New York senator pushes for changes in military sexual assault cases

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WASHINGTON (Gray DC) -- Adrian Perry was a happy military spouse, traveling the world with her husband and three children. That was until she said her husbands’ commander sexually molested their 6-year-old daughter at Camp Lejeune in North Carolina.

Perry immediately told military police. She said they did nothing.

The commander who denies the allegations has never been charged with the crime.

“I should not have to fight to have a protective order enforced properly for my children," Perry said.

This is the first time she’s taking her to story to Capitol Hill. She is supporting a bill that would take the decision over whether to prosecute serious crimes out of the chain of command and give it to independent trained military prosecutors.

“Having command have the authority to make these legal decisions it’s failing so many people. It failed my six year old," she added.

The Department of Defense estimates 15,000 sexual assaults by service members against other members or civilians, just 9% of them were sentenced.

“We’re not seeing the system get better," New York Senator Kirsten Gillibrand (D-NY) said.

This is the fifth time New York Senator Kirsten Gillibrand has introduced her bill called the Military Justice Improvement Act.

She said she hasn’t been given a vote on the bill in nearly two and a half years.

“It is something that people think is debatable, it is something that people think is unanimous and a lot of people don’t want to take on the generals. When the generals say no they want to leave it the way it is and I think that is the wrong instinct," Gillibrand added.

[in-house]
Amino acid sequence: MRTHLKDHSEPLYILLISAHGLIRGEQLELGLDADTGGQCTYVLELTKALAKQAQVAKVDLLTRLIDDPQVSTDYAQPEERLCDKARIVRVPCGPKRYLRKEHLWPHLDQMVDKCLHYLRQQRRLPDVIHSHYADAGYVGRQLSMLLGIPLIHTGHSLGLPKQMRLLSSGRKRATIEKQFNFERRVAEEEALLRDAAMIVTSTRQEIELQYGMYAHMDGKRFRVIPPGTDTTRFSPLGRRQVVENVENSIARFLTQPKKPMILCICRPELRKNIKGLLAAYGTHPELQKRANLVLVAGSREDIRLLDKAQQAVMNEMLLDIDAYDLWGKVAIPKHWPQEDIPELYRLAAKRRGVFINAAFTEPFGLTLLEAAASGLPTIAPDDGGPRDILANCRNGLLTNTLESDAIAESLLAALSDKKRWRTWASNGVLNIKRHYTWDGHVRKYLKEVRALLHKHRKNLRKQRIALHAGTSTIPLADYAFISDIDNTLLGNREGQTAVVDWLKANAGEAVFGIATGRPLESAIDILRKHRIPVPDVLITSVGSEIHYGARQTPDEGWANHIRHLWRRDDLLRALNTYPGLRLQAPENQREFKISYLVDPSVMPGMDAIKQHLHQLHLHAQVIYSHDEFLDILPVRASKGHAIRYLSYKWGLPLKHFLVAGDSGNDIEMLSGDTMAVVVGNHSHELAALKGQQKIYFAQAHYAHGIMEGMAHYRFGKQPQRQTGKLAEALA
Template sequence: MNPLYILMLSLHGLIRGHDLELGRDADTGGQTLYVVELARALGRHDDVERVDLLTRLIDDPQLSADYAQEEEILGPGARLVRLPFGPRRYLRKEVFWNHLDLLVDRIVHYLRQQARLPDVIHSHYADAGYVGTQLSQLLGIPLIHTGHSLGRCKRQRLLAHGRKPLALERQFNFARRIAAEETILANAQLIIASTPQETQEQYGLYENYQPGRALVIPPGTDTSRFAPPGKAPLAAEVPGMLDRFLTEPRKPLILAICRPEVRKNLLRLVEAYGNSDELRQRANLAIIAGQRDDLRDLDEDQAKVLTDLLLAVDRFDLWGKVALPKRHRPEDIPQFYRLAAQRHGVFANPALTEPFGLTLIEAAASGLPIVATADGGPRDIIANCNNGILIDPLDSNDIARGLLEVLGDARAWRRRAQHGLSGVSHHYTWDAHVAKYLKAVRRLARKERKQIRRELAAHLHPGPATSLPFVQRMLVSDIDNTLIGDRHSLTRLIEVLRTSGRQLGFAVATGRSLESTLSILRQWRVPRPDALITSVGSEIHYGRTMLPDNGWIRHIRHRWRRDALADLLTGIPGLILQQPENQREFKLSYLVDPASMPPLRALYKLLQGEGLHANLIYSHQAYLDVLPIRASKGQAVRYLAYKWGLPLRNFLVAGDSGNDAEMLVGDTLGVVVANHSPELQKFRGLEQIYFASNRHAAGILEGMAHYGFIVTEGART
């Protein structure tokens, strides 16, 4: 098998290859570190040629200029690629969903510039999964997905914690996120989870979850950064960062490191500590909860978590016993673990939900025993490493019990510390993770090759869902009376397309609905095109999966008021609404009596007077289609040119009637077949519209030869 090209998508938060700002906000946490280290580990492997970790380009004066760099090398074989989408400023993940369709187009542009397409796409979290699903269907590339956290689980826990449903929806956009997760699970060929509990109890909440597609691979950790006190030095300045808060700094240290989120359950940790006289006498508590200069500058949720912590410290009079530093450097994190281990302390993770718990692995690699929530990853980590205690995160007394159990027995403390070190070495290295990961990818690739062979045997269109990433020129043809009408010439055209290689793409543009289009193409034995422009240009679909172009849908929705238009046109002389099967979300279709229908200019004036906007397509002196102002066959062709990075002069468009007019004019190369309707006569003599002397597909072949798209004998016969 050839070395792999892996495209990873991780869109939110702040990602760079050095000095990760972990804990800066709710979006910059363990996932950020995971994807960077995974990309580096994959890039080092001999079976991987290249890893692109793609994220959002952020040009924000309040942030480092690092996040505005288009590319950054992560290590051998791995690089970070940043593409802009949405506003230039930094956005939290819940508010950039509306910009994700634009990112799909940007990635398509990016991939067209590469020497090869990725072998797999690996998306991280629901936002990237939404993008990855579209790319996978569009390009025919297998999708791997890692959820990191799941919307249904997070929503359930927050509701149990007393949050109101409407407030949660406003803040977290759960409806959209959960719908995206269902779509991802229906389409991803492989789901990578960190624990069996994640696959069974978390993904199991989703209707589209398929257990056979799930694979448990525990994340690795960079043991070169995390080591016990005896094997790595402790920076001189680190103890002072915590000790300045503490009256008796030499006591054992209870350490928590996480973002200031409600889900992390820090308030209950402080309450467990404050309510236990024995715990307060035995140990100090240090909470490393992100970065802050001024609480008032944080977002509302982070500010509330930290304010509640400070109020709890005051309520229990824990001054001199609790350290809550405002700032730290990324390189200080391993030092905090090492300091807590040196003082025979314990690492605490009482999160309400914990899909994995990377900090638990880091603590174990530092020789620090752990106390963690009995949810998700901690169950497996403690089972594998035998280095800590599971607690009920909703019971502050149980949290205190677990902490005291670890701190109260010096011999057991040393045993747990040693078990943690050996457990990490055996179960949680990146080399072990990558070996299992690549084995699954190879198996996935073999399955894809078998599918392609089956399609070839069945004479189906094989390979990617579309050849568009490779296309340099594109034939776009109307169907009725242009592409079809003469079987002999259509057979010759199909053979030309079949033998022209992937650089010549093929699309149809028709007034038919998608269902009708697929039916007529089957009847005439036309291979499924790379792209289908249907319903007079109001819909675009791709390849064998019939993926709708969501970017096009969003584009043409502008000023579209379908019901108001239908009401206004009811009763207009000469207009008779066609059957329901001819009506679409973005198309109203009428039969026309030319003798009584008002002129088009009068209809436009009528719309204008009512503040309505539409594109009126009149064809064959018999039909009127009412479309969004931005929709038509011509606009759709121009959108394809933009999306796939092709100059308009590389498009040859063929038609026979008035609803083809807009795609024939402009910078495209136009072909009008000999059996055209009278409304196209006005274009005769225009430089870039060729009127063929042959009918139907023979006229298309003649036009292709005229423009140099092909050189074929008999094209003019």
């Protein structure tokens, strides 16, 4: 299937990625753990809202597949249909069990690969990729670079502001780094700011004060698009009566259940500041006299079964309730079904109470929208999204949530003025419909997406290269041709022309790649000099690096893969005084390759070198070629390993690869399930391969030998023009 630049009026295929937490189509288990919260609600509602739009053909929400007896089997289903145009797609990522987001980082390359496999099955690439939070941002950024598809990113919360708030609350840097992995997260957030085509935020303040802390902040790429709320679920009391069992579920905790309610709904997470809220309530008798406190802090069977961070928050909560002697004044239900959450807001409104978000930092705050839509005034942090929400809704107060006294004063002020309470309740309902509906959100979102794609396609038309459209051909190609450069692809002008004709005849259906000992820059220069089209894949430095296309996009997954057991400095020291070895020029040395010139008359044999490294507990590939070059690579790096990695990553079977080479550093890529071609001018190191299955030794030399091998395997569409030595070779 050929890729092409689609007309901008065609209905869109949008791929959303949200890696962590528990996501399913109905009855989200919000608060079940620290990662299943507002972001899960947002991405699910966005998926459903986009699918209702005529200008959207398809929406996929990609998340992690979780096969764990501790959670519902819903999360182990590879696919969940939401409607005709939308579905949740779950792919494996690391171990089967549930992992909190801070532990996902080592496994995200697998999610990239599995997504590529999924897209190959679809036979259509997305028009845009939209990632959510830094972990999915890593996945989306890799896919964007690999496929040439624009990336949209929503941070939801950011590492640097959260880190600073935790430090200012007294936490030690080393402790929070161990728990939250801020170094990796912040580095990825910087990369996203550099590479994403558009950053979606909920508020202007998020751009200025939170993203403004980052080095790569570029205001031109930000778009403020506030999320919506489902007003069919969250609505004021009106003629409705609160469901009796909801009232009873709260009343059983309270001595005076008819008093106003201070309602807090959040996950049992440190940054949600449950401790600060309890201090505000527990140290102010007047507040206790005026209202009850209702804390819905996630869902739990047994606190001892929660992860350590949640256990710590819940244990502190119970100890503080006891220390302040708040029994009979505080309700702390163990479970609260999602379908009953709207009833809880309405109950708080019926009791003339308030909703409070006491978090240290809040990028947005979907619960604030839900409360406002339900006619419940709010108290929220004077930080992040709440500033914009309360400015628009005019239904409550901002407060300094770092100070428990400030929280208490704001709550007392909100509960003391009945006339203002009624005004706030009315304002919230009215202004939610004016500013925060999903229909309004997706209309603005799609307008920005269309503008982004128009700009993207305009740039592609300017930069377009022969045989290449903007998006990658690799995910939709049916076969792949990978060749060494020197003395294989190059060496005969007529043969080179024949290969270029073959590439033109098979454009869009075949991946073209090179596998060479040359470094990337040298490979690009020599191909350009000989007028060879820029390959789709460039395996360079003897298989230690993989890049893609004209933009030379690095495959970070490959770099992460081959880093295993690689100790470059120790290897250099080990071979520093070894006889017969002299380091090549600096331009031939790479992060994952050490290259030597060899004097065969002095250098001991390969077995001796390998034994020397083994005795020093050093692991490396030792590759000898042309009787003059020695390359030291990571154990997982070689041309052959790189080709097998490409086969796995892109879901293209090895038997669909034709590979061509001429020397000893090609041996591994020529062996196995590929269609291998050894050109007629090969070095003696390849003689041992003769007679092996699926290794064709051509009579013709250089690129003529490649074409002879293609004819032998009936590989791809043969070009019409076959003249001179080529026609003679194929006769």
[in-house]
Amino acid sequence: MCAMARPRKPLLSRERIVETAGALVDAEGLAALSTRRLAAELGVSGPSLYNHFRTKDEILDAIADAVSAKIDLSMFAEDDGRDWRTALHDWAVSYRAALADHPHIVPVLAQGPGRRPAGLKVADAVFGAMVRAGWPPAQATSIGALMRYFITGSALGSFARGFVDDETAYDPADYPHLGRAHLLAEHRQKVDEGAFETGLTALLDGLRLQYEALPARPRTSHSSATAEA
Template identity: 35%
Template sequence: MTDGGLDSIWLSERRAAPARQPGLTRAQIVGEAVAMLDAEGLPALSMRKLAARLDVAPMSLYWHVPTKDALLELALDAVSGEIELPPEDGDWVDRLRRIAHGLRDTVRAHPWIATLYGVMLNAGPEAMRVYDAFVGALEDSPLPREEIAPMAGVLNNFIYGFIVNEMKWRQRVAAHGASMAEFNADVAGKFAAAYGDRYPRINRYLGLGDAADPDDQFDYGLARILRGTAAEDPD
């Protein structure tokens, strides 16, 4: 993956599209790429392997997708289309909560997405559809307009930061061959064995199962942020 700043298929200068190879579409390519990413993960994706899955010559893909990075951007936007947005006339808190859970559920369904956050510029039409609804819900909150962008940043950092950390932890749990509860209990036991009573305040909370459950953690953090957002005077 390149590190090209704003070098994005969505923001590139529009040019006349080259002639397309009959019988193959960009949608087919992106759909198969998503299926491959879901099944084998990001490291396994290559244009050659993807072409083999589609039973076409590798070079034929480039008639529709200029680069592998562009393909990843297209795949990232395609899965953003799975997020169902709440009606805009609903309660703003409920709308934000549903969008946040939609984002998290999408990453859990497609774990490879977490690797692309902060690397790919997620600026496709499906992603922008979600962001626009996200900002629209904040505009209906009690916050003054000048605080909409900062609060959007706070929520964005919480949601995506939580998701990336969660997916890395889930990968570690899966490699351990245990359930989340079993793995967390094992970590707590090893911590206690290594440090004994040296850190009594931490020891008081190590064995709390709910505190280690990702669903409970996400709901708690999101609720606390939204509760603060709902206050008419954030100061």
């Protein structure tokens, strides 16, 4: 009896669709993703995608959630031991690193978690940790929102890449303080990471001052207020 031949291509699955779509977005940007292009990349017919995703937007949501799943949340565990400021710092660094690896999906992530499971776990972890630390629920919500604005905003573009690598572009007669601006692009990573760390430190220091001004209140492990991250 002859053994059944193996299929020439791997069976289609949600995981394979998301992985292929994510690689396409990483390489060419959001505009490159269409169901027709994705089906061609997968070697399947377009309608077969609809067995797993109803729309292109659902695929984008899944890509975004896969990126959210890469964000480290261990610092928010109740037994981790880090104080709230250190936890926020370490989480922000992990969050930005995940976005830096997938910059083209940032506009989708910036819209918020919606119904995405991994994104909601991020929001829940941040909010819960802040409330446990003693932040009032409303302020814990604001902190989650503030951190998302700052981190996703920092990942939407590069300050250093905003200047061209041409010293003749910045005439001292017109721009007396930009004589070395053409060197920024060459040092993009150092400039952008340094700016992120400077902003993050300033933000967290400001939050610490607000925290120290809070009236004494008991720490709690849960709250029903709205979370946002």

The senate has passed other reforms governing the military justice system, like Senators Claire McCaskill (D-MO) and Joni Ernst’s (R-IA) bill to curb sexual assault. McCaskill strongly believes the Commanders' powers to launch courts-martial should be retained. Ernst said she wants to see progress made on reforms already in place.

"I am committed to continuing to build off of these recent changes, which is why I have been working on additional reforms to strengthen policy for prevention, improve victim support, enhance the quality of prosecution, and stop retaliation in sexual assault cases," Ernst shared with Gray TV in a statement.

For mothers like Adrian, waiting isn’t an option.

“I’m hoping that my story isn’t falling on deaf ears and that change will finally be made," Adrian added.

Gillibrand hopes that with the nation so focused on issues like sexual harassment and sexual assault this time might be different for a vote to happen on the floor.

Read the original version of this article at www.graydc.com.